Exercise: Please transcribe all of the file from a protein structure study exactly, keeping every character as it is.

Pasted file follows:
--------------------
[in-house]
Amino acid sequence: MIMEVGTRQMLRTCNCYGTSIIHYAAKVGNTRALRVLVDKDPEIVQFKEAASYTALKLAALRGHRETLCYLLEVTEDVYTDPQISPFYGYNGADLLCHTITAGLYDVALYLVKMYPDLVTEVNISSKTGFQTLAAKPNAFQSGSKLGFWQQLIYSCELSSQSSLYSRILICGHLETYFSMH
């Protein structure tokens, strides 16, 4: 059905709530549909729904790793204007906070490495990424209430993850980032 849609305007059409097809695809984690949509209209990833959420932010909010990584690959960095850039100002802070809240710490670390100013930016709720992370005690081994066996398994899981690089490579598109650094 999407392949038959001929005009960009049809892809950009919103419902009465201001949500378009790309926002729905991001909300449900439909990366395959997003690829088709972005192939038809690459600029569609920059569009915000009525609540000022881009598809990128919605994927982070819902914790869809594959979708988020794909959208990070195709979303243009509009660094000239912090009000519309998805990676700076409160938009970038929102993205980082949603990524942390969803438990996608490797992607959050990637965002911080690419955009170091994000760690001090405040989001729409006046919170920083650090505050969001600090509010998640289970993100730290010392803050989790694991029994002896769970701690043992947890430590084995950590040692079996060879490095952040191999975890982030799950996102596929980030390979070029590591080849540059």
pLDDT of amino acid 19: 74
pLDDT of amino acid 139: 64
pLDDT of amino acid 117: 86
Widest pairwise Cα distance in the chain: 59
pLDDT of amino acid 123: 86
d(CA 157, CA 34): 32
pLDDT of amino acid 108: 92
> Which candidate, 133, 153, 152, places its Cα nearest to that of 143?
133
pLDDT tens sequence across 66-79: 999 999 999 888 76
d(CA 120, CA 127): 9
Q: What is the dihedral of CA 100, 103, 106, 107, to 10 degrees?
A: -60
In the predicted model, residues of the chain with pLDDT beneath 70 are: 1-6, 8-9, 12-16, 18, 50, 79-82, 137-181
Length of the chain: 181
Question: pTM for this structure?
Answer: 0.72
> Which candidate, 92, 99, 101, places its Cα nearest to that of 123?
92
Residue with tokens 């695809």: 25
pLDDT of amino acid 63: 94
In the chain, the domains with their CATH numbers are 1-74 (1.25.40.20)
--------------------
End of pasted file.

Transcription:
[in-house]
Amino acid sequence: MIMEVGTRQMLRTCNCYGTSIIHYAAKVGNTRALRVLVDKDPEIVQFKEAASYTALKLAALRGHRETLCYLLEVTEDVYTDPQISPFYGYNGADLLCHTITAGLYDVALYLVKMYPDLVTEVNISSKTGFQTLAAKPNAFQSGSKLGFWQQLIYSCELSSQSSLYSRILICGHLETYFSMH
């Protein structure tokens, strides 16, 4: 059905709530549909729904790793204007906070490495990424209430993850980032 849609305007059409097809695809984690949509209209990833959420932010909010990584690959960095850039100002802070809240710490670390100013930016709720992370005690081994066996398994899981690089490579598109650094 999407392949038959001929005009960009049809892809950009919103419902009465201001949500378009790309926002729905991001909300449900439909990366395959997003690829088709972005192939038809690459600029569609920059569009915000009525609540000022881009598809990128919605994927982070819902914790869809594959979708988020794909959208990070195709979303243009509009660094000239912090009000519309998805990676700076409160938009970038929102993205980082949603990524942390969803438990996608490797992607959050990637965002911080690419955009170091994000760690001090405040989001729409006046919170920083650090505050969001600090509010998640289970993100730290010392803050989790694991029994002896769970701690043992947890430590084995950590040692079996060879490095952040191999975890982030799950996102596929980030390979070029590591080849540059």
pLDDT of amino acid 19: 74
pLDDT of amino acid 139: 64
pLDDT of amino acid 117: 86
Widest pairwise Cα distance in the chain: 59
pLDDT of amino acid 123: 86
d(CA 157, CA 34): 32
pLDDT of amino acid 108: 92
> Which candidate, 133, 153, 152, places its Cα nearest to that of 143?
133
pLDDT tens sequence across 66-79: 999 999 999 888 76
d(CA 120, CA 127): 9
Q: What is the dihedral of CA 100, 103, 106, 107, to 10 degrees?
A: -60
In the predicted model, residues of the chain with pLDDT beneath 70 are: 1-6, 8-9, 12-16, 18, 50, 79-82, 137-181
Length of the chain: 181
Question: pTM for this structure?
Answer: 0.72
> Which candidate, 92, 99, 101, places its Cα nearest to that of 123?
92
Residue with tokens 């695809």: 25
pLDDT of amino acid 63: 94
In the chain, the domains with their CATH numbers are 1-74 (1.25.40.20)